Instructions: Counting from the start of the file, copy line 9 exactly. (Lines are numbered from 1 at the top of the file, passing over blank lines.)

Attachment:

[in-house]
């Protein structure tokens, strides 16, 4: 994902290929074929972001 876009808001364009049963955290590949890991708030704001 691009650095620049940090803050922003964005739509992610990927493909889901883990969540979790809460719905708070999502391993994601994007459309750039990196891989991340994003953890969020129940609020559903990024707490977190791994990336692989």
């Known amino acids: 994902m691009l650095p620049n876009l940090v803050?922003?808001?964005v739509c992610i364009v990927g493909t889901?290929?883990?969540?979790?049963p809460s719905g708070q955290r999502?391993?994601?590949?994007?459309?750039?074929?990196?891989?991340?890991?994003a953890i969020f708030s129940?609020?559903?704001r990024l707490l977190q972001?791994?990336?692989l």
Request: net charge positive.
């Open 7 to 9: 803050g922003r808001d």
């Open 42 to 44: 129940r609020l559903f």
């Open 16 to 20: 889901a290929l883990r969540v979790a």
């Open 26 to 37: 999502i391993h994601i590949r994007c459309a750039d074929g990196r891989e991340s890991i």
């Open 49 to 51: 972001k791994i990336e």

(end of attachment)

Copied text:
């Open 49 to 51: 972001k791994i990336e």